I listen to quite a few podcasts. Probably more than I should. Honestly, I delete most of the episodes. So I guess I could say I subscribe to a bunch of podcasts. One of those, Software Engineering Daily, recently had Seth Godin on as a guest.
I am a Godin fan. He’s not really a developer, but has some great things to say about business and doing your best work.
You should listen to the episode, it’s pretty great. Definitely some stuff that carries over to creating software.
One thing stuck out to me. Something I have been thinking about for a while. Seth was talking about how one of his companies needed an application built. So they created a spec, with design comps and details (I assume a functional document), and took those to an agency in New York.
They asked the agency how long it would take to build the app. The agency replied ‘three months’. Seth replied ‘Good. See you in three months’.
In today’s agile world, this seems crazy. But glorious.
Think about that for a minute. No scope creep. No changes unless a formal request is made.
But we know this doesn’t usually work. Seth Godin is the ideal client working with a top level agency in New York City. Defining scope before hand and forcing changes to be a formal request simply doesn’t work for many clients.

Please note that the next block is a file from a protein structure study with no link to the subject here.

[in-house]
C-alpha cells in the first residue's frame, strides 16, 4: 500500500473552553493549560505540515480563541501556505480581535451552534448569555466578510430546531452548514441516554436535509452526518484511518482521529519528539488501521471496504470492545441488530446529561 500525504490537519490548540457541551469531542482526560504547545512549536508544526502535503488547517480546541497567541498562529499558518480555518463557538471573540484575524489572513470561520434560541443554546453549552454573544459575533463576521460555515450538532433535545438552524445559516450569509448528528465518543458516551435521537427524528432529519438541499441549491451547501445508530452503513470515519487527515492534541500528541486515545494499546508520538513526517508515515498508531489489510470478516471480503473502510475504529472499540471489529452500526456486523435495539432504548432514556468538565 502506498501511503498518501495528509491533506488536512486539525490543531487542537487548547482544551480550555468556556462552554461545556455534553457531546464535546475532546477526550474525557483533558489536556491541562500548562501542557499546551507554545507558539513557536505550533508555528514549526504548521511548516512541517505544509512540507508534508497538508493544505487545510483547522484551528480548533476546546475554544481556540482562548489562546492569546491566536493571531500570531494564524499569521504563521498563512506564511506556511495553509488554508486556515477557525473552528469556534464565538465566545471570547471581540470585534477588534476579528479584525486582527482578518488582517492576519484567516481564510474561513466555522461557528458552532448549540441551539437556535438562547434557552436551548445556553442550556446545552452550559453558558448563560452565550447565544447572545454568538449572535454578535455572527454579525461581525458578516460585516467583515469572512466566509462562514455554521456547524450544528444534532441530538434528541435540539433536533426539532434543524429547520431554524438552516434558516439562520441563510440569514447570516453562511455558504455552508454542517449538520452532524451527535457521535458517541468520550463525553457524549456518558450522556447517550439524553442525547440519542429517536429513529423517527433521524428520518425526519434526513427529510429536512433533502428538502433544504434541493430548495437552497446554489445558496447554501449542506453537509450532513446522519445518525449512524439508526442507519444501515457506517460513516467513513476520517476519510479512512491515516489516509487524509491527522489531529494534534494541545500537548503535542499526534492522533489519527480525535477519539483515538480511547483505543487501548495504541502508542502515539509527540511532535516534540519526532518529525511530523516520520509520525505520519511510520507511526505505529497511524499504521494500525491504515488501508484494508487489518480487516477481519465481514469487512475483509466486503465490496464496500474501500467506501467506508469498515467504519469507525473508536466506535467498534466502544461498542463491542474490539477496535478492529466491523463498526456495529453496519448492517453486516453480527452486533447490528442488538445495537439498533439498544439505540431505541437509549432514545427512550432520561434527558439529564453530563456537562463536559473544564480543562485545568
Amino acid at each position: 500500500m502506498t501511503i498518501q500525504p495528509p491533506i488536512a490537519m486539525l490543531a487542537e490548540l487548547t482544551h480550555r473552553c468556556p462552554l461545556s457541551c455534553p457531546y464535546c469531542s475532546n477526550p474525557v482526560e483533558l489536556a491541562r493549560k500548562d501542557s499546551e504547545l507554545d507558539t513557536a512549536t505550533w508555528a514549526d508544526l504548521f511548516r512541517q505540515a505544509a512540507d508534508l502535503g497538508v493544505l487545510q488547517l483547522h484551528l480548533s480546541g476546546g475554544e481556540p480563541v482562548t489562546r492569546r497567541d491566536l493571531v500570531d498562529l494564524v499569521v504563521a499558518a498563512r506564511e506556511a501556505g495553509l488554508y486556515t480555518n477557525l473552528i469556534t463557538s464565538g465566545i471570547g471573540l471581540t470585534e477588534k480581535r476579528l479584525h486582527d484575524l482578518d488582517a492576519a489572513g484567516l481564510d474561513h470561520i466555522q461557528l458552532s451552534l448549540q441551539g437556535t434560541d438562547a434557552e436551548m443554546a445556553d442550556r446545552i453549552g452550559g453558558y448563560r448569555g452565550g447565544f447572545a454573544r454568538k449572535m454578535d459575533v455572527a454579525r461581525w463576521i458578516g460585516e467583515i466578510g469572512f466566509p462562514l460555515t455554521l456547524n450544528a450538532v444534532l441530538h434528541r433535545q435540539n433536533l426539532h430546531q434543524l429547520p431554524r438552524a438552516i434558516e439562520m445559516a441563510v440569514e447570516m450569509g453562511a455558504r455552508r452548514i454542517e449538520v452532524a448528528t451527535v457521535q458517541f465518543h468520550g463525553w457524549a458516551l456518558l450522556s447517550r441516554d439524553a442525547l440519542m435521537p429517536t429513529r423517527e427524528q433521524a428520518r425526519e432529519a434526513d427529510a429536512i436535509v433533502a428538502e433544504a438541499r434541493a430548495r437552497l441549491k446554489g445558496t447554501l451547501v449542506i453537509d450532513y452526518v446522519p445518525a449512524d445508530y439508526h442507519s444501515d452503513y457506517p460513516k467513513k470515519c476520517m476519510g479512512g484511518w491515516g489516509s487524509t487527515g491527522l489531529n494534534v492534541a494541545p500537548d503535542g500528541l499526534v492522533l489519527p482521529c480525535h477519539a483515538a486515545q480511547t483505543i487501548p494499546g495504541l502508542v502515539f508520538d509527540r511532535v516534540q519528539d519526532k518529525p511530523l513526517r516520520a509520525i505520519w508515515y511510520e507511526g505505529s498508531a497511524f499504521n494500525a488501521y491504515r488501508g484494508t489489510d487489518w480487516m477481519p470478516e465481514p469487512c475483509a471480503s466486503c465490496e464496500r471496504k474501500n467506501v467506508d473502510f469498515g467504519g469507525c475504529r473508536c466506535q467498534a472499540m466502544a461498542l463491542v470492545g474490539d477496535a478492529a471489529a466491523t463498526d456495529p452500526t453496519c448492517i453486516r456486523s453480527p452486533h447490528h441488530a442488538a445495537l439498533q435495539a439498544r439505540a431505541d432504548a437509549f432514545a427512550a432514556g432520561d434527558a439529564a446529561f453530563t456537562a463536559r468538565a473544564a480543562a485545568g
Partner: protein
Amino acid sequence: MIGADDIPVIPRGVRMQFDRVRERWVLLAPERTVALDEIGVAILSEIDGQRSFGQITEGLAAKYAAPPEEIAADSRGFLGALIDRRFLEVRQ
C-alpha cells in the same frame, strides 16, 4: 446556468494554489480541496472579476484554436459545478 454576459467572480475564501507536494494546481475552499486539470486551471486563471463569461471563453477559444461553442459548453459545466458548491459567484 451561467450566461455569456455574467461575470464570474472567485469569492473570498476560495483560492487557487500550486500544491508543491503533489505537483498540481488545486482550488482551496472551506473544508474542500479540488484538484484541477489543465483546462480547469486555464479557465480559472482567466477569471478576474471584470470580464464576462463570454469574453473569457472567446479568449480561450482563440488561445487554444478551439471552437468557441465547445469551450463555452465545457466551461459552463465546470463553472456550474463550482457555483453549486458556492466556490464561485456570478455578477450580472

But maybe it could.
Something along the lines of a blueprint.
This is how engineers work. They design a structure, hand over a blueprint, and that’s what gets built. If there is a design flaw, it’s on the engineer to fix it. As a former construction worker, I totally get this.
I like the idea of a blueprint. A well thought out, defined requirements documents with a visual representation of what is being built.
I imagine a blueprint for a software project very similar to that of a construction project.
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